London, Europe Brief News- Nearly 6% of children suffer from long-term COVID-19 symptoms, a new study finds.
The eight-country study shows that nearly six per cent of children with COVID-19 still reported symptoms three months later.
The eight-country study included 1,884 kids aged 17 and younger who went to an emergency department with COVID-19 and had 90-day followups.
Long-term COVID-19 was found in nearly 10 per cent of children who were admitted to hospital and five per cent of children who were seen in an emergency department and discharged.
The study involved the University of Calgary’s Cumming School of Medicine, the University of California, Davis School of Medicine in Sacramento, Calif., Ann and Robert H. Lurie Children’s Hospital of Chicago and Chicago’s Northwestern University Feinberg School of Medicine.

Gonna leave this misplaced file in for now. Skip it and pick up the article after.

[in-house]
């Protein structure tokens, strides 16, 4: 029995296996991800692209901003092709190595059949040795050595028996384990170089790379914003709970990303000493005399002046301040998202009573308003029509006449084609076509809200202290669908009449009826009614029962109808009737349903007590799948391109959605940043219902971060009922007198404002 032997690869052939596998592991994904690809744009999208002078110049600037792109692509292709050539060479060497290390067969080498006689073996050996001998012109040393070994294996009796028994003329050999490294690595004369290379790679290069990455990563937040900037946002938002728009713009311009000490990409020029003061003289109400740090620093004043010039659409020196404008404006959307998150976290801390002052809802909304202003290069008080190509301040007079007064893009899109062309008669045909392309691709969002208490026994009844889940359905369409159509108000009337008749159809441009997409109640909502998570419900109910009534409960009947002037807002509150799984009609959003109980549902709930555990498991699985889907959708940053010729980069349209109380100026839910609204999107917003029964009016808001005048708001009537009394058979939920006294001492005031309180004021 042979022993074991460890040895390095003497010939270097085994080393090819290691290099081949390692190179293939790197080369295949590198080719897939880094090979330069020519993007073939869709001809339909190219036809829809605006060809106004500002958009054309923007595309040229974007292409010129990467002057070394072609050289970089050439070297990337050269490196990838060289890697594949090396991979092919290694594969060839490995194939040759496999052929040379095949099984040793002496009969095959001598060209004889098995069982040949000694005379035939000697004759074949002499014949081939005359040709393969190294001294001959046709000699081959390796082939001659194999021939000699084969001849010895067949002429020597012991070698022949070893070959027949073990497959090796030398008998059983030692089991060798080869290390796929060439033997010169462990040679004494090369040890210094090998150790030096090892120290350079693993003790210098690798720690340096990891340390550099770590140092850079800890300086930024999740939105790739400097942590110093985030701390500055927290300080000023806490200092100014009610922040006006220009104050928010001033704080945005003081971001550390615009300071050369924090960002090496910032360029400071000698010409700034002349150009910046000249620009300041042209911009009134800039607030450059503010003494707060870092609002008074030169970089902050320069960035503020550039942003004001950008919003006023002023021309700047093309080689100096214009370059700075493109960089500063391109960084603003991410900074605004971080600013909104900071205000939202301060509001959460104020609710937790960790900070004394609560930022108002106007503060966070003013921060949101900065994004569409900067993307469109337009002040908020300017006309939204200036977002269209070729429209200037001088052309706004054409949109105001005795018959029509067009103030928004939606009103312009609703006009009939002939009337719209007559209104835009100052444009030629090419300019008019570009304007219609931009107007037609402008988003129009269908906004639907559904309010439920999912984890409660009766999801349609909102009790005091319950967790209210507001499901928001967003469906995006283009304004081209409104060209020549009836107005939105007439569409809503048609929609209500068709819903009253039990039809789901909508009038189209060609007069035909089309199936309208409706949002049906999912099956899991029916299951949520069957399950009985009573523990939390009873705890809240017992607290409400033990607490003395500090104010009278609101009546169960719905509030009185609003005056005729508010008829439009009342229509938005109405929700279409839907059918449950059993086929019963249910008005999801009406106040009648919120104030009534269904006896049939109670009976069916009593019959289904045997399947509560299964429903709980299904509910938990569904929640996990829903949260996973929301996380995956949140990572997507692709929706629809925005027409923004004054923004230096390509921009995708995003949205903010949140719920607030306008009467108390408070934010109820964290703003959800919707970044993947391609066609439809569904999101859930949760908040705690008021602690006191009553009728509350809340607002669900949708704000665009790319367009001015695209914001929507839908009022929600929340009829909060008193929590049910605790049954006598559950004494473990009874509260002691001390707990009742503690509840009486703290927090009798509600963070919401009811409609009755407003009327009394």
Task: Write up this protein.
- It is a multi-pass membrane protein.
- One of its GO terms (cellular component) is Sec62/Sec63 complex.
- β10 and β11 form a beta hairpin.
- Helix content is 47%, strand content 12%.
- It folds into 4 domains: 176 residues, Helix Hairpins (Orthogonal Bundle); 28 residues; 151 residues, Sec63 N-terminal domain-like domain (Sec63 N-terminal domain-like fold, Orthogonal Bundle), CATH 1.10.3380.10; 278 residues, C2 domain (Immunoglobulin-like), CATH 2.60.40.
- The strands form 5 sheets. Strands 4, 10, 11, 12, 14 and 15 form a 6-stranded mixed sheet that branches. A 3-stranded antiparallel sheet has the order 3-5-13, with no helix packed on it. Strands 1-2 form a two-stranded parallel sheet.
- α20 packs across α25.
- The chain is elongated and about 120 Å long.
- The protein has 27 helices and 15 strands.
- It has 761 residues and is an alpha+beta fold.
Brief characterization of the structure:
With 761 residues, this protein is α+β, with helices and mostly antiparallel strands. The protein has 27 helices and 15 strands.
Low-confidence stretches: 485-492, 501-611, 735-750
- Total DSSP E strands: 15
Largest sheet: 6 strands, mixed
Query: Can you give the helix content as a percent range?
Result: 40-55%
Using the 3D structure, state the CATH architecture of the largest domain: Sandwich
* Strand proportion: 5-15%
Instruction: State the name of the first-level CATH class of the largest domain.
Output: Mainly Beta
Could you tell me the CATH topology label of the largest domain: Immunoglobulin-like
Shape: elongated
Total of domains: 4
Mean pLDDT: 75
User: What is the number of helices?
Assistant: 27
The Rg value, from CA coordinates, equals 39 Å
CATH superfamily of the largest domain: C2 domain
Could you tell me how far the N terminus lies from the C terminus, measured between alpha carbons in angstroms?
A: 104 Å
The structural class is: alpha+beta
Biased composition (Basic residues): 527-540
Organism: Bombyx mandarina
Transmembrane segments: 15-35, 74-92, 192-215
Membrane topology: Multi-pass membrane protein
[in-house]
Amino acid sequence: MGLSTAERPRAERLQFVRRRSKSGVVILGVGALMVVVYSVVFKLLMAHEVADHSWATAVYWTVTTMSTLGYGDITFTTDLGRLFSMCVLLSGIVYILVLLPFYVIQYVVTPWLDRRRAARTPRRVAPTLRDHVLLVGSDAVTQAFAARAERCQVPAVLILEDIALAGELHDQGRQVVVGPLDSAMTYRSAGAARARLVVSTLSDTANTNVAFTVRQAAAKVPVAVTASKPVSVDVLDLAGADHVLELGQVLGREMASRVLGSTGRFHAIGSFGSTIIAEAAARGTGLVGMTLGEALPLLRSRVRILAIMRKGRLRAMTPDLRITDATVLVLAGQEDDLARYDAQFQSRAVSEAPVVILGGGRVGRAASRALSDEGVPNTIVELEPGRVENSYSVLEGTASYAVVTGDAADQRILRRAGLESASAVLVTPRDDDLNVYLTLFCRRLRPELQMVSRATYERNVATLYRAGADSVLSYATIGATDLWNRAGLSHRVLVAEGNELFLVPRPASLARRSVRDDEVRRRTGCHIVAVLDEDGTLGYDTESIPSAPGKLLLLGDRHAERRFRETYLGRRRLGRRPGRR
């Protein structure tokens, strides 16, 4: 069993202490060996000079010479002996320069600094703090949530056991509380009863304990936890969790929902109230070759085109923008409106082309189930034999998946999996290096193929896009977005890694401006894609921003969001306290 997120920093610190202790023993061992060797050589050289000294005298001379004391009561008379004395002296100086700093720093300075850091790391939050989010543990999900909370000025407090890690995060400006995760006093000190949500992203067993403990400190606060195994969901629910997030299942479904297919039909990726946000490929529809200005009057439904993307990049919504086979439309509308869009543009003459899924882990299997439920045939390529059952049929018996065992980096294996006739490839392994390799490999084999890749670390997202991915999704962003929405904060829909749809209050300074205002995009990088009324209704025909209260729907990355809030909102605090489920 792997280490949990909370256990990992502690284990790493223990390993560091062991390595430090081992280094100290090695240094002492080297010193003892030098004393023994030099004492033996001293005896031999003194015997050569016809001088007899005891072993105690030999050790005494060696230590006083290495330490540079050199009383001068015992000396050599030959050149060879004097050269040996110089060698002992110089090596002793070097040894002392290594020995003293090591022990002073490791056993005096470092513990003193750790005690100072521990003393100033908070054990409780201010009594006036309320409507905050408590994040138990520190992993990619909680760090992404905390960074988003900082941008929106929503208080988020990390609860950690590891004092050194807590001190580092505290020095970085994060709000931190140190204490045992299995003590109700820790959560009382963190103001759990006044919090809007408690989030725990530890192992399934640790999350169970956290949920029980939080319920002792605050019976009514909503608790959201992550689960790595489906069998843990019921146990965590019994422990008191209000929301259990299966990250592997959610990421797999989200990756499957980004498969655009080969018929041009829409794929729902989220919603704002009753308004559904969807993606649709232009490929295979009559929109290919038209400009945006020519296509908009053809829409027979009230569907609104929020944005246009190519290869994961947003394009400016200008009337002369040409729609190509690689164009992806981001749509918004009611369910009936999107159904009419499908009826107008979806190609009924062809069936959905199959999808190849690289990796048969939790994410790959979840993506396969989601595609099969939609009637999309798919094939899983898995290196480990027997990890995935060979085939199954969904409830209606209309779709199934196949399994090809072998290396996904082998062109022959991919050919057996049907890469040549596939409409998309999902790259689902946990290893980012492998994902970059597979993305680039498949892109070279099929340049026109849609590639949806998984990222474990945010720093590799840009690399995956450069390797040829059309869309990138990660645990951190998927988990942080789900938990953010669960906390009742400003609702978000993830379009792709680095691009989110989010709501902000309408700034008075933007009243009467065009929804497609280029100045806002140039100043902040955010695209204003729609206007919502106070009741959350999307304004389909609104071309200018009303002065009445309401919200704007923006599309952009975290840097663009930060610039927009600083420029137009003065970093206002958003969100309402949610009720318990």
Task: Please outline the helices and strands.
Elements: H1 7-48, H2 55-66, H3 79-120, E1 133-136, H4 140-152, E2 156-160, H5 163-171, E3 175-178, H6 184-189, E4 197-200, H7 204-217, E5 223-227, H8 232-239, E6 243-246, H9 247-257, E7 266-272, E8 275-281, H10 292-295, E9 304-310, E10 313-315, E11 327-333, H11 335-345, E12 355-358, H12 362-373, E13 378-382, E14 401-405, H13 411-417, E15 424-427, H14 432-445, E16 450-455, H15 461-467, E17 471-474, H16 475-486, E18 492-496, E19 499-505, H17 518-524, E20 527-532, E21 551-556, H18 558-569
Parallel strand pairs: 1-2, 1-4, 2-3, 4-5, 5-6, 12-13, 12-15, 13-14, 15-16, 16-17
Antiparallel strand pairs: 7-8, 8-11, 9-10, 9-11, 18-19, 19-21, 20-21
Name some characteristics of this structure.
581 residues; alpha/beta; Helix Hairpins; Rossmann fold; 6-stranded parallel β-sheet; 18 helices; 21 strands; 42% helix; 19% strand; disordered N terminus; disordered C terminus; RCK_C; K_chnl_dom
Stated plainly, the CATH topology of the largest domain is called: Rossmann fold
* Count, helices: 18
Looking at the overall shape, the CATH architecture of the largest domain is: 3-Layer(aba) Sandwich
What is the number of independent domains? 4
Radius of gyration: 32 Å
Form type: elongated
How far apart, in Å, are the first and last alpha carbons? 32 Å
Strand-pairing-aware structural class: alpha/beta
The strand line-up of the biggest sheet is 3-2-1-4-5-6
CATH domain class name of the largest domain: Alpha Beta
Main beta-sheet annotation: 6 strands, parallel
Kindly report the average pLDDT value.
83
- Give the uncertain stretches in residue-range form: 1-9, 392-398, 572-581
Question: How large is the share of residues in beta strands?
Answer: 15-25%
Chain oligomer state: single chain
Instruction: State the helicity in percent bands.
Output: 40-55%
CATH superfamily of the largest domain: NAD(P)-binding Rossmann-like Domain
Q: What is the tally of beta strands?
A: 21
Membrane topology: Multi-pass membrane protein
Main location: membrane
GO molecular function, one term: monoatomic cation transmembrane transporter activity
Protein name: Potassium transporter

It was peer-reviewed and published in JAMA Network Open on Friday.
The study says long COVID was more likely in children aged 14 and older who had spent time in hospital with more severe symptoms.
“We found that in some children, illness with COVID-19 is associated with reporting persistent symptoms after three months,” said principal investigator Dr. Stephen Freedman, a pediatric emergency medicine physician and a clinician-scientist in the Cumming School of Medicine.
“Our results suggest that appropriate guidance and followup are needed, especially for children at high risk for long COVID.”
The most reported persistent symptoms in children were fatigue or weakness, cough, difficulty breathing or shortness of breath.
The study focused on emergency room admissions as opposed to community or school locations because researchers were able to piggy back on another study about pediatric pneumonia that was already underway more than two years ago.